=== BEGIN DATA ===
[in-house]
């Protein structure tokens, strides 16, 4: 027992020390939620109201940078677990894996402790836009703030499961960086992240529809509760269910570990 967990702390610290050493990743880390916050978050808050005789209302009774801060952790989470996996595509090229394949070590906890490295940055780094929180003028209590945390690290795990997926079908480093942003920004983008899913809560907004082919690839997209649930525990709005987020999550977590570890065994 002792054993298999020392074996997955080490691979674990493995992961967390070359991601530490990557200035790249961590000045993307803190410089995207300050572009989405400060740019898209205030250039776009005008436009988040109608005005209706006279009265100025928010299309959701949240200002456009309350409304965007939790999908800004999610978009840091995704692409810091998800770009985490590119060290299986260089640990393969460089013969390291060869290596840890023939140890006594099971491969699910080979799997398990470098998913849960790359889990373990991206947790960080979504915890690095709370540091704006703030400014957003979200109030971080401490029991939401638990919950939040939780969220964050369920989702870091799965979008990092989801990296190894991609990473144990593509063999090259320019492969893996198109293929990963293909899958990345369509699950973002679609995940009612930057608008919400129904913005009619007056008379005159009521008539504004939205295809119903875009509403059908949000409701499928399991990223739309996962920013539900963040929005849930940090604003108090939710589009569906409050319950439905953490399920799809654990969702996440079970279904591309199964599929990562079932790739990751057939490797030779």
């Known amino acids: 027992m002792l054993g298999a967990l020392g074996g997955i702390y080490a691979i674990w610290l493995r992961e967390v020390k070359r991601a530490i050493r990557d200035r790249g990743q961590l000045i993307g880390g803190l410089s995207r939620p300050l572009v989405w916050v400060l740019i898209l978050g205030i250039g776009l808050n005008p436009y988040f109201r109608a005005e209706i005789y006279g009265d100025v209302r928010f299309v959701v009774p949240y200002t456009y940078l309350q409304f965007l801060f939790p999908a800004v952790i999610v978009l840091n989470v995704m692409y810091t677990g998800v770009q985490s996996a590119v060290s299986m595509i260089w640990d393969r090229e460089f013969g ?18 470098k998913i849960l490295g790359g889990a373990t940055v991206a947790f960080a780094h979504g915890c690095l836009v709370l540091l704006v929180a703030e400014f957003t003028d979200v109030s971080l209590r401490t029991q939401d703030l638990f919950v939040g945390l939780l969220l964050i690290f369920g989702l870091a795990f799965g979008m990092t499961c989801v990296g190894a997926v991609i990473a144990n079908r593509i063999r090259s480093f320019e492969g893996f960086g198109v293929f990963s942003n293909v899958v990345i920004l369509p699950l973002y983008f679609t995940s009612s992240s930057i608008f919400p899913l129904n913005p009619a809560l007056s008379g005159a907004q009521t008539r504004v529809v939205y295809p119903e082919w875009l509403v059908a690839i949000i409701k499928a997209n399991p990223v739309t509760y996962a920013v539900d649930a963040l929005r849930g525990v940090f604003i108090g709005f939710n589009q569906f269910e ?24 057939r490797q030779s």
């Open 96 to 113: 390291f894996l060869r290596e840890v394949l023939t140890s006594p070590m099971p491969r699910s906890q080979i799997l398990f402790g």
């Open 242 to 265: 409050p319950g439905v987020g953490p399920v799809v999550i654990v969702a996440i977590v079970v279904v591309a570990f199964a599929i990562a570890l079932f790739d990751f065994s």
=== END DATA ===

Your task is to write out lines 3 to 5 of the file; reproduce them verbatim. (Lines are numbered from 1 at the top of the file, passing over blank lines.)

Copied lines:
């Known amino acids: 027992m002792l054993g298999a967990l020392g074996g997955i702390y080490a691979i674990w610290l493995r992961e967390v020390k070359r991601a530490i050493r990557d200035r790249g990743q961590l000045i993307g880390g803190l410089s995207r939620p300050l572009v989405w916050v400060l740019i898209l978050g205030i250039g776009l808050n005008p436009y988040f109201r109608a005005e209706i005789y006279g009265d100025v209302r928010f299309v959701v009774p949240y200002t456009y940078l309350q409304f965007l801060f939790p999908a800004v952790i999610v978009l840091n989470v995704m692409y810091t677990g998800v770009q985490s996996a590119v060290s299986m595509i260089w640990d393969r090229e460089f013969g ?18 470098k998913i849960l490295g790359g889990a373990t940055v991206a947790f960080a780094h979504g915890c690095l836009v709370l540091l704006v929180a703030e400014f957003t003028d979200v109030s971080l209590r401490t029991q939401d703030l638990f919950v939040g945390l939780l969220l964050i690290f369920g989702l870091a795990f799965g979008m990092t499961c989801v990296g190894a997926v991609i990473a144990n079908r593509i063999r090259s480093f320019e492969g893996f960086g198109v293929f990963s942003n293909v899958v990345i920004l369509p699950l973002y983008f679609t995940s009612s992240s930057i608008f919400p899913l129904n913005p009619a809560l007056s008379g005159a907004q009521t008539r504004v529809v939205y295809p119903e082919w875009l509403v059908a690839i949000i409701k499928a997209n399991p990223v739309t509760y996962a920013v539900d649930a963040l929005r849930g525990v940090f604003i108090g709005f939710n589009q569906f269910e ?24 057939r490797q030779s």
């Open 96 to 113: 390291f894996l060869r290596e840890v394949l023939t140890s006594p070590m099971p491969r699910s906890q080979i799997l398990f402790g």
């Open 242 to 265: 409050p319950g439905v987020g953490p399920v799809v999550i654990v969702a996440i977590v079970v279904v591309a570990f199964a599929i990562a570890l079932f790739d990751f065994s």